Of all the ponderables in a game that featured a Russell Wilson-led offense getting zero points, one stood out: The Seahawks offense targeted wide receivers 23 times and produced six receptions, which is about five more than what SpongeBob SquarePants could have done (he figures to connect once going deep).
The problem in the 17-0 flop at Green Bay Sunday wasn’t just that Wilson’s repaired finger impeded his throws; it was also the month away from practices and games.
It appeared that Wilson, coach Pete Carroll and offensive coordinator Shane Waldron under-estimated the degree of difficulty in assimilation. Carroll demurred.
“I don’t know if we were underestimating anything,” he said at his Monday video conference. “it’s just that you have to deal with it, and these are the circumstances. You are going to come back after a layoff, and you have to get going. We expected to come out and pop the ball around and look like we did in practice. We weren’t as sharp at getting the ball thrown and caught. (The Packers defense) had something to do with that.
“But I would say that there is no question that if you don’t play for a month, it’s going to affect you. Maybe in this week coming back, we will be a little more on it and more precise.”
Maybe so. It’s also possible that an alternative might have been found. Like running the ball. In fact, the Seahawks averaged a more-than-respectable 4.7 yards per rush, which included 32 yards on five carries from Wilson.
But they ran it only 16 times.
Carroll was willing to buy in on that premise.
“I didn’t like that we didn’t get to run the ball more,” he said. “In a close game like that, I would have expected that we would have run the ball more than we did. The running backs carried the ball 11 times. That’s not enough. It’s not enough to get into a rhythm, not enough to get a feel for the game.”
That suggests something is amiss between Carroll and Waldron. Carroll has never given such indication, yet he’s obviously exasperated at the failure to have makeable third-down plays, which has been the biggest culprit in the failed drives, leading to the worst time of possession in the NFL (25.3 minutes).
“We just have to just stay with it and keep working off it,” he said. “When we convert, we will. It’s been the same story for a while now. I hate keeping the topic alive. I want to get this thing and put it behind us.”
Sunday, the problem was compounded when Wilson seemed to want to make Superman plays when he was, temporarily at least, Clark Kent. Asked whether he was concerned Wilson was trying to do too much, Carroll turned terse: “No.”
Yet Wilson post-game took full responsibility for two passes that turned into end-zone interceptions. Both were forced; he couldn’t accept his Kent-like limits.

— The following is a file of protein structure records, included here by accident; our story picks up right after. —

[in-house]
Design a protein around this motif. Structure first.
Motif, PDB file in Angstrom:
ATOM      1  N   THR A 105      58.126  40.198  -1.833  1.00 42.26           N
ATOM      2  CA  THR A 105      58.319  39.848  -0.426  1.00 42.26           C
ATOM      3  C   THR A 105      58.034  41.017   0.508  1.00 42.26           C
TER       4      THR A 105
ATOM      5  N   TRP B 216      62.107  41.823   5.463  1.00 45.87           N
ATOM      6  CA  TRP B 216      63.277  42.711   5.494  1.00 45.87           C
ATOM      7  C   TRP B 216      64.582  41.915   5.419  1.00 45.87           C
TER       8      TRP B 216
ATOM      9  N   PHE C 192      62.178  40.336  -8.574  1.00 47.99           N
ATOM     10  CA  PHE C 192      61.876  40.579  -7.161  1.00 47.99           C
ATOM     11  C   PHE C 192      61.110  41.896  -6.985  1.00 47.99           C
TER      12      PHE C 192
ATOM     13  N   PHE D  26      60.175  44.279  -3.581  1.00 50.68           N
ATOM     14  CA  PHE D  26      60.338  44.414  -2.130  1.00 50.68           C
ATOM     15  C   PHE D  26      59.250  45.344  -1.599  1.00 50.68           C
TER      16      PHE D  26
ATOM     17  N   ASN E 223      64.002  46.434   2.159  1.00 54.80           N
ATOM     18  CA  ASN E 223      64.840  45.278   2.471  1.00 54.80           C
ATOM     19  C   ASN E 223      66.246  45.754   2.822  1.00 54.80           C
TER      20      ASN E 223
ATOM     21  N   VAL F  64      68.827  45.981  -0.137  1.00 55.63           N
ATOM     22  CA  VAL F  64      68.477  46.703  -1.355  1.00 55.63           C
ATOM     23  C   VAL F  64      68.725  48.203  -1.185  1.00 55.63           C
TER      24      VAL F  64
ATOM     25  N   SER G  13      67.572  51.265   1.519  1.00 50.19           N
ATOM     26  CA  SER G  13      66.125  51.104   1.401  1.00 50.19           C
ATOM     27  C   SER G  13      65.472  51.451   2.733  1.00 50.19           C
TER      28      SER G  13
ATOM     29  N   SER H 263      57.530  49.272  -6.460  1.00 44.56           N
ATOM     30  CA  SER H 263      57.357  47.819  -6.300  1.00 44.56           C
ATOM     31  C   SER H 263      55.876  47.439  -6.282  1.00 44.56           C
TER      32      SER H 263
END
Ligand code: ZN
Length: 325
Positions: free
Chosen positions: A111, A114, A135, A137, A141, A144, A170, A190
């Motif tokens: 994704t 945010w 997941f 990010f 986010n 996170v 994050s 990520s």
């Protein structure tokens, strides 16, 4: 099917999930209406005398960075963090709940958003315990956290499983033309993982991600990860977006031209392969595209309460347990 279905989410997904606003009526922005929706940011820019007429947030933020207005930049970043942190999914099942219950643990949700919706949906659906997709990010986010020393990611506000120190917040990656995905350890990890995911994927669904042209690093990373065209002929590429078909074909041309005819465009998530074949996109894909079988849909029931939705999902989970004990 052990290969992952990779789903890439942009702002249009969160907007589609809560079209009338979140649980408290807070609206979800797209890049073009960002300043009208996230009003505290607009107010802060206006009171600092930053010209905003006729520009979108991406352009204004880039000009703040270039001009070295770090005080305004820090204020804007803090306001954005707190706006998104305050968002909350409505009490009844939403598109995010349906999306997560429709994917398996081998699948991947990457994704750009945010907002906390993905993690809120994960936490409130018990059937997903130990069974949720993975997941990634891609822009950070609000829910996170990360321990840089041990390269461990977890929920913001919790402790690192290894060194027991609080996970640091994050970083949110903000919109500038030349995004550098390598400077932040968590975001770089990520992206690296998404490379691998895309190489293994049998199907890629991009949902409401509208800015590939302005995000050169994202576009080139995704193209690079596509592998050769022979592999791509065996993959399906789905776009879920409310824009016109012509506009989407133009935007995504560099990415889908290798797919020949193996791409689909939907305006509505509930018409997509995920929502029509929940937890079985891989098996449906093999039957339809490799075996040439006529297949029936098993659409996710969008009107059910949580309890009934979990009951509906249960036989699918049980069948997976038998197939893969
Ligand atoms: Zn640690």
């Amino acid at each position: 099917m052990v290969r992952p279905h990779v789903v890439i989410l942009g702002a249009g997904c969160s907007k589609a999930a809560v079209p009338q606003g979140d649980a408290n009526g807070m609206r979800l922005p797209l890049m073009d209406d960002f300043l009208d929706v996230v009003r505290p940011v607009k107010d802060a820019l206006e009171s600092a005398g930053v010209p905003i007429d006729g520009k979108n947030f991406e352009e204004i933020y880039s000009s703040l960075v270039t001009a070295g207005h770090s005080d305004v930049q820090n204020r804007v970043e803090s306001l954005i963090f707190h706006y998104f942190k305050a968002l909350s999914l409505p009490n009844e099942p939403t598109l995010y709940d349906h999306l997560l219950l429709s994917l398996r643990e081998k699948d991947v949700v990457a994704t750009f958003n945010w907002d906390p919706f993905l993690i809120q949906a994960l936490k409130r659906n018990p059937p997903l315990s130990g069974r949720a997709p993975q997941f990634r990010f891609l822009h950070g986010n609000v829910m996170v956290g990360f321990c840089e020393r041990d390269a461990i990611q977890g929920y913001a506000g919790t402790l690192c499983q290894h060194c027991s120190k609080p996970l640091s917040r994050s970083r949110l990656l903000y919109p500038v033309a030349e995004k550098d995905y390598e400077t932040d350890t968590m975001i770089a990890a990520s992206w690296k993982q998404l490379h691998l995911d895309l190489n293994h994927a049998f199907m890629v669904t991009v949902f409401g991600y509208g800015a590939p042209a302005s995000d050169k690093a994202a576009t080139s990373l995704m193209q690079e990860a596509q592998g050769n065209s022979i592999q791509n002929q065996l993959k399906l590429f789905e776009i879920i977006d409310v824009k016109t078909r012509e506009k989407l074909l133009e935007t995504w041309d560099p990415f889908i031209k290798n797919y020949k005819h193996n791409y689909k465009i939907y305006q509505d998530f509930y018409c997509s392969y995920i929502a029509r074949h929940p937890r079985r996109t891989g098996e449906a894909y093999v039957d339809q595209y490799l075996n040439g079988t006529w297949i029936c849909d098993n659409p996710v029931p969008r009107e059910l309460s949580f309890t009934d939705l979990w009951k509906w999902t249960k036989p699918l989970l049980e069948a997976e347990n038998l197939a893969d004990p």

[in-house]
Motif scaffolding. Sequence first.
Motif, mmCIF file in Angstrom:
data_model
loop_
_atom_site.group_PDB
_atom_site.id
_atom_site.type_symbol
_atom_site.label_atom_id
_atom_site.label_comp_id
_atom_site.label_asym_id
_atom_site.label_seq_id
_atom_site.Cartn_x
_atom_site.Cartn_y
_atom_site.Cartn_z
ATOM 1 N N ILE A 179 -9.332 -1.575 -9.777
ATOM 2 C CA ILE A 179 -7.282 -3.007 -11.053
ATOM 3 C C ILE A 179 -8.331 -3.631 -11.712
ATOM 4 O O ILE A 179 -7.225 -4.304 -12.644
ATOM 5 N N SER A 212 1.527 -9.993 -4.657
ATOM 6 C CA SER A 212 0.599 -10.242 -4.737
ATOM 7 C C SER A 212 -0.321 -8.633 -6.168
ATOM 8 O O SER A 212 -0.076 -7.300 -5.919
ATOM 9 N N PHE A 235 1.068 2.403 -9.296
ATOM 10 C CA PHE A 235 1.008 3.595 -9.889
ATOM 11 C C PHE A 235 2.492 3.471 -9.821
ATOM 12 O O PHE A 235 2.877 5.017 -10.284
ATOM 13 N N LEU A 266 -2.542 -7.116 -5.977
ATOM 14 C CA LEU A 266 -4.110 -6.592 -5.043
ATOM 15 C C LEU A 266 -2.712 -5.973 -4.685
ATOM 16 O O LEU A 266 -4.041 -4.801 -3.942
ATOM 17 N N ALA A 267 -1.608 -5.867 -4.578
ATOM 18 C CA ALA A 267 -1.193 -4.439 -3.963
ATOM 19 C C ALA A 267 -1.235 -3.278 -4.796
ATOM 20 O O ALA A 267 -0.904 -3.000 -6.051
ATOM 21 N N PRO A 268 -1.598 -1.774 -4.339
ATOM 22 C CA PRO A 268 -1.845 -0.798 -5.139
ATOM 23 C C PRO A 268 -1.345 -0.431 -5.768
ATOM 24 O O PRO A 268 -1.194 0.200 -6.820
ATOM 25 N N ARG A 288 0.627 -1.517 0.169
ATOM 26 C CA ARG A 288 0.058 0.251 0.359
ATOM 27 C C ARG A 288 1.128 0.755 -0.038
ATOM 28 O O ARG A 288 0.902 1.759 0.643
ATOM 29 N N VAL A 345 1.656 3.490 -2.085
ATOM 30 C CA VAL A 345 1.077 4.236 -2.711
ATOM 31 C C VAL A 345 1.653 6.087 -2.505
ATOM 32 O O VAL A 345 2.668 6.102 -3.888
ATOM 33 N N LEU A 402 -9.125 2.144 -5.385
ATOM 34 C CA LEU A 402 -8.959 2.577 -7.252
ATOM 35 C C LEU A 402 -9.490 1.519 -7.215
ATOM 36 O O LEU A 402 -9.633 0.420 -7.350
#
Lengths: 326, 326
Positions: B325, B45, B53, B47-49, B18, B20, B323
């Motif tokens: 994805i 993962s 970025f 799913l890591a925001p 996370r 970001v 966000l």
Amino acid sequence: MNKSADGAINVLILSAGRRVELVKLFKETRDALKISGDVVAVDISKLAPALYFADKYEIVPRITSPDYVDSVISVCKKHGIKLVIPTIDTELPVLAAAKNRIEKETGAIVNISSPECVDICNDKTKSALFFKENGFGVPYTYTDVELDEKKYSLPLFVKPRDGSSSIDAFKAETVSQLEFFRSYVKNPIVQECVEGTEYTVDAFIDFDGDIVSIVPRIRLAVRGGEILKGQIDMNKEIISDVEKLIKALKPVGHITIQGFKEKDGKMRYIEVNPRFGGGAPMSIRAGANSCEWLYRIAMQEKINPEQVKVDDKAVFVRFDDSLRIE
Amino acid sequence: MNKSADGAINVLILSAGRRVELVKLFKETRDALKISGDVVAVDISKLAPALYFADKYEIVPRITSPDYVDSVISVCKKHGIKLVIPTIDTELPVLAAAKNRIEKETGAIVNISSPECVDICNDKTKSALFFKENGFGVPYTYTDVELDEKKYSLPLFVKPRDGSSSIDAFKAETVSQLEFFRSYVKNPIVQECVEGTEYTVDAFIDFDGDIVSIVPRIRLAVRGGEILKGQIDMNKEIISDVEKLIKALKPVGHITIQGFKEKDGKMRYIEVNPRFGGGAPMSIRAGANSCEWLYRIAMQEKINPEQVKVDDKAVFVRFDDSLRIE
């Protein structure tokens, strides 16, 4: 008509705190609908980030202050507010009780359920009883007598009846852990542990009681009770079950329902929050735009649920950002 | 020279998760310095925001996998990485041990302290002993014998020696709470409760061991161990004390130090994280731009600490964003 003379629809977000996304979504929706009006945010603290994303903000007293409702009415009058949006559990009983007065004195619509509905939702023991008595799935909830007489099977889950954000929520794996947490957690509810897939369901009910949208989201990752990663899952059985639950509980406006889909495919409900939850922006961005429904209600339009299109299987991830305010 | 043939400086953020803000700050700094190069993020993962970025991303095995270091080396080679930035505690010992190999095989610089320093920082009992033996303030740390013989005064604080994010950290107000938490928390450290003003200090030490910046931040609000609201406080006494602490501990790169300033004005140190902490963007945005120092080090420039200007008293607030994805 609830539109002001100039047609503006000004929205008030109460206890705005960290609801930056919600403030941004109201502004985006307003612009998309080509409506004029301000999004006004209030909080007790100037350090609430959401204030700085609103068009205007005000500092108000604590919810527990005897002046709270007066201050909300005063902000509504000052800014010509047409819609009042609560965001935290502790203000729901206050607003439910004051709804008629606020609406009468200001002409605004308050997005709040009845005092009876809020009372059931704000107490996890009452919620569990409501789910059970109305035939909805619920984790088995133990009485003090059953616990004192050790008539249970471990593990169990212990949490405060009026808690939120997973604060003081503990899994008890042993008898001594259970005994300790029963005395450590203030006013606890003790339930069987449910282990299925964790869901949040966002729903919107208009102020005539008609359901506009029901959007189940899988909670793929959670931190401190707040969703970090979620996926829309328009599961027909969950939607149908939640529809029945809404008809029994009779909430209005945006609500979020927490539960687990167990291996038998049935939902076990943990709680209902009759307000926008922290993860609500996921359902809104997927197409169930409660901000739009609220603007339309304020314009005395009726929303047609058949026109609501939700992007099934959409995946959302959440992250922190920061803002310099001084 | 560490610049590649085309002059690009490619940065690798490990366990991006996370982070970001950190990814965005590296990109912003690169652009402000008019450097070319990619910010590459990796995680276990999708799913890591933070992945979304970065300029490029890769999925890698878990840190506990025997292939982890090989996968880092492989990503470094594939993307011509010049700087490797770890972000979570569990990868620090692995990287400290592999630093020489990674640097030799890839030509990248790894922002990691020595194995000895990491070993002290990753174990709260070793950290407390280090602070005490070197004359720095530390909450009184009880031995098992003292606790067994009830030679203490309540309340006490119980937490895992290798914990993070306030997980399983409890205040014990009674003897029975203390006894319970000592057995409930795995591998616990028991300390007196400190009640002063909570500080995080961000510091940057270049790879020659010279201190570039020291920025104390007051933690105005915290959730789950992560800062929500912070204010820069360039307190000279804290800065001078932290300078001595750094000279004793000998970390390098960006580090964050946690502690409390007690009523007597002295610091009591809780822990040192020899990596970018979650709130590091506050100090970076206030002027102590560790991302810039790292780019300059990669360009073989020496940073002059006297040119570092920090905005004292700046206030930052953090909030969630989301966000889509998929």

What has been made clear over the last month there is no talking around the fact that the Seahawks are more dependent than ever on a healthy Wilson. Carroll spent time Monday venting about “gripes” he had with dubious officiating calls. Even if he was correct on identifying the errors, it is a mark of desperation that he seemingly is out of plays and playmakers to overcome the inevitable blown calls.
Nobody is stepping up.
When the Packers’ top rusher, RB Aaron Jones, went down with a knee injury, second-year bruiser A.J. Dillon delivered 21 carries and 66 hard yards, the kind Seattle wishes it could get from Rashaad Penny, the former first-round pick who was healthy but was never called upon to play.
On his Sunday pre-game radio appearance on ESPN 710, GM John Schneider talked up the readiness of top draft pick WR Dee Eskridge to have a big contribution after recovering from “a really bad” concussion, echoing Carroll from earlier in the week. Eskridge had five snaps and touched the ball once, a fly sweep that everyone at Lambeau Field knew was coming, and was tackled for a loss.
It wasn’t the fault of Eskridge; it was an illustration of how meager are this roster’s answers beyond Wilson.
In a Sports Illustrated story Monday, Packers coach Matt LaFleur talked about the resourcefulness his team showed in grinding out a win against a good Seattle defense when they knew QB Aaron Rodgers wouldn’t be top-shelf after his controversial 10-day absence from COVID-19.
“I think it’s so important to be able to win in different ways in this league,” he said. “Each and every week, the competitive balance in this league is unlike any other league, in my opinion. And you see it; there’s examples every week of teams that probably should win, that for whatever reason, don’t. And that’s why you could be on your game, and on point, every freakin’ week, otherwise you’re gonna get beat.
“I don’t know what the right word is, but something happens naturally where you just understand what you have to do. I don’t want to say up your game. But I think a lot of guys just inherently understand the circumstances of each and every game and what they have to do in order for this team to win.”
Even at 3-6, it is not too late for the Seahawks to understand their circumstances in the wildly vulnerable NFC, especially with a team now good on defense and special teams.
But on offense, Wilson has to learn to turn it down, everyone else has to turn it up, and Waldron has to turn on the running game.
That will be hard, because they’re all starting from zero.